What’s the deal with signature papers?

As Mike posted earlier today, signature papers for the Worcester 2011 election became available yesterday at the Election Commission. Should you be thinking of taking us up on running for office, that would be the second floor of City Hall.

What’s up with signature papers, anyway?

By signing a candidate’s papers you are petitioning the city to add that person’s name to the ballot in the fall election.  What you are signing (which is the second part of the below photo, not the first) says:

Whereas (candidate’s name) is a candidate for nomination for the office of (whatever the office is) for the term of two years, we, the undersigned, voters of the City of Worcester, duly qualified to vote for a candidate for said office, do hereby request the name of said (candidate’s name) as a candidate for nomination for said office be printed on the official ballot to be used at the preliminary election to be held on Tuesday, September 20th, 2011. We further state that we believe him/her to be of good moral character and qualified to perform the duties of the office.

Yes, September 20th! That’s the scheduled primary, should we have one. If there aren’t enough candidates for one, all candidates are on the November 8 ballot instead.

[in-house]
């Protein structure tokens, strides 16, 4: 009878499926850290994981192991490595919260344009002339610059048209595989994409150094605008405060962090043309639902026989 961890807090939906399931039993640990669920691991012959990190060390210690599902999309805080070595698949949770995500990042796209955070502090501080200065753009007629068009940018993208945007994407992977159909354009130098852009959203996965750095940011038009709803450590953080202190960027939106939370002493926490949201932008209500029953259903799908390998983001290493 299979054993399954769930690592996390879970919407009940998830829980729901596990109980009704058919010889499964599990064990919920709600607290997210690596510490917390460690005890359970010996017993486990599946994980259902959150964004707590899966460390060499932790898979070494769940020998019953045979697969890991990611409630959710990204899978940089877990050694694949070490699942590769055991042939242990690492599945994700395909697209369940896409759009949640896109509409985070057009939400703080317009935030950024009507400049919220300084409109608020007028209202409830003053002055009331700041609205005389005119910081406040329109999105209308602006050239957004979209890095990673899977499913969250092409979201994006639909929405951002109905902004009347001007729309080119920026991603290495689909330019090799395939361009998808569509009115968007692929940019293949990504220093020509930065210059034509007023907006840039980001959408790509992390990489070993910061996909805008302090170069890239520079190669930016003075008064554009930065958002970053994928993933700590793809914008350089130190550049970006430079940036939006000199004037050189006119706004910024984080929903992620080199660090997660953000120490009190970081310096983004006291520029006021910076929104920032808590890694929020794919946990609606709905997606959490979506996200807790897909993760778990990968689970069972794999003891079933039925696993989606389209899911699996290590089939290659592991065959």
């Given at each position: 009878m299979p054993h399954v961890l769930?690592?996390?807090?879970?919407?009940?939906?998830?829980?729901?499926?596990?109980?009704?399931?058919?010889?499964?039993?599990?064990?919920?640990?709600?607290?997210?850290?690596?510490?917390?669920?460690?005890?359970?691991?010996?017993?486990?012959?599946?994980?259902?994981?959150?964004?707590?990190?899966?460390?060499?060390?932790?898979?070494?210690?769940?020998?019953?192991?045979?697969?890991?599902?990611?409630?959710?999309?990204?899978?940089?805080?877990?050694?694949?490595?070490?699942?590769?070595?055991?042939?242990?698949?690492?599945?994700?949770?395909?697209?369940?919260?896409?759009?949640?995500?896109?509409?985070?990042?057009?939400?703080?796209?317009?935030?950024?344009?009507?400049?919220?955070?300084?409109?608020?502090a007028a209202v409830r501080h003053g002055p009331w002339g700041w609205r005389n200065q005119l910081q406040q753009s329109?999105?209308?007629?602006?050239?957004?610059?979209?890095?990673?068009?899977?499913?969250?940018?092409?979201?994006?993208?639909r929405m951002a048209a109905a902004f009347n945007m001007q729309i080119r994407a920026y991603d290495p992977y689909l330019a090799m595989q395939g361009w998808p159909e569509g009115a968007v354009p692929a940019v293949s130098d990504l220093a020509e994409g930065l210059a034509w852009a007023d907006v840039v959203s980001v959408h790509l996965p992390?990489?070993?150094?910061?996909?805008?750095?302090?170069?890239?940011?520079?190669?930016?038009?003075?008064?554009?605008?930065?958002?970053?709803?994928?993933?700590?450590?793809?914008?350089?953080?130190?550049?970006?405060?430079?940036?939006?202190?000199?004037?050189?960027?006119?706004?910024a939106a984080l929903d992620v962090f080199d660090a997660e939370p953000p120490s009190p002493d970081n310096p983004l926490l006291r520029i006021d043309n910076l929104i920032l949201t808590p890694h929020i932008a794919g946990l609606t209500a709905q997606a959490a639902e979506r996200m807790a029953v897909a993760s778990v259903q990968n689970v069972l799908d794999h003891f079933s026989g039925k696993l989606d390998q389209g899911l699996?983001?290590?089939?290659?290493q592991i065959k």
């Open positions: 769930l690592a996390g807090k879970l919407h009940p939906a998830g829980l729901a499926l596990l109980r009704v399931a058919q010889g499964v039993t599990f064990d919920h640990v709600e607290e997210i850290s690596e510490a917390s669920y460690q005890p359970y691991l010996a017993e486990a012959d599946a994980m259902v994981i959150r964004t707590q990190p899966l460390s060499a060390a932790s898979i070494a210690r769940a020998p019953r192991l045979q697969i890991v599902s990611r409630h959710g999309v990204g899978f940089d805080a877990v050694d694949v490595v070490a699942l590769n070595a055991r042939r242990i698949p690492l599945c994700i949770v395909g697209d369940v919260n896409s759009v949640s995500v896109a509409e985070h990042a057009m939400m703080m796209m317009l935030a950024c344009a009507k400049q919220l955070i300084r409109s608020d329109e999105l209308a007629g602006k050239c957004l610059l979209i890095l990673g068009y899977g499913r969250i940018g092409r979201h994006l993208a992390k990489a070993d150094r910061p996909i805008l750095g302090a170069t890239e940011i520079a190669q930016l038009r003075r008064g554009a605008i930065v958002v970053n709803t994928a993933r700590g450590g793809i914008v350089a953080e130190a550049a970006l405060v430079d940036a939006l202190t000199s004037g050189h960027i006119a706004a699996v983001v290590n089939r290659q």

Should you be approached to sign someone’s papers, they’ll ask if you’re registered to vote in the City of Worcester. If you are, then you can sign any at-large council candidate’s papers and any school committee candidate’s papers. They may more specifically ask if you are registered to vote in a particular district. Only voters within a district may petition for a district council candidate.

To sign, you print then sign (lots of people get this backward) your name, fill out your address as of last January, write in your ward and precinct, write in your current address (if it’s changed), ward, and precinct. A few tips:

  • it’s okay if you don’t know your ward and precinct. Sure sign you’re dealing with a Worcester political geek: they know their ward and precinct. Leave it blank if you don’t know (don’t guess).
  • Write your name as you’re registered to vote. If you do most business under a married name, but vote under a maiden name, or use an initial, or something else, write down what’s in the voter register.
  • You can write “same” if your address hasn’t changed.
  • Only sign papers that have a name filled out in that above paragraph. If the first part (with the notarized signature) isn’t filled out, that’s less important (plenty of candidates do that last), but only sign papers when you know who you’re signing for!

A candidate for at-large council or school committee must gather 300 certified signatures of Worcester voters to make the ballot; a district candidate must gather 100 certified signatures of that district’s voters to make the ballot. “Certified” signatures mean that they’ve been checked out by the Election Commission; they’ve been able to decipher what is written, and the person is registered to vote (and to vote where they’ve said).

Candidates have until July 26 at 5 pm to gather signatures.

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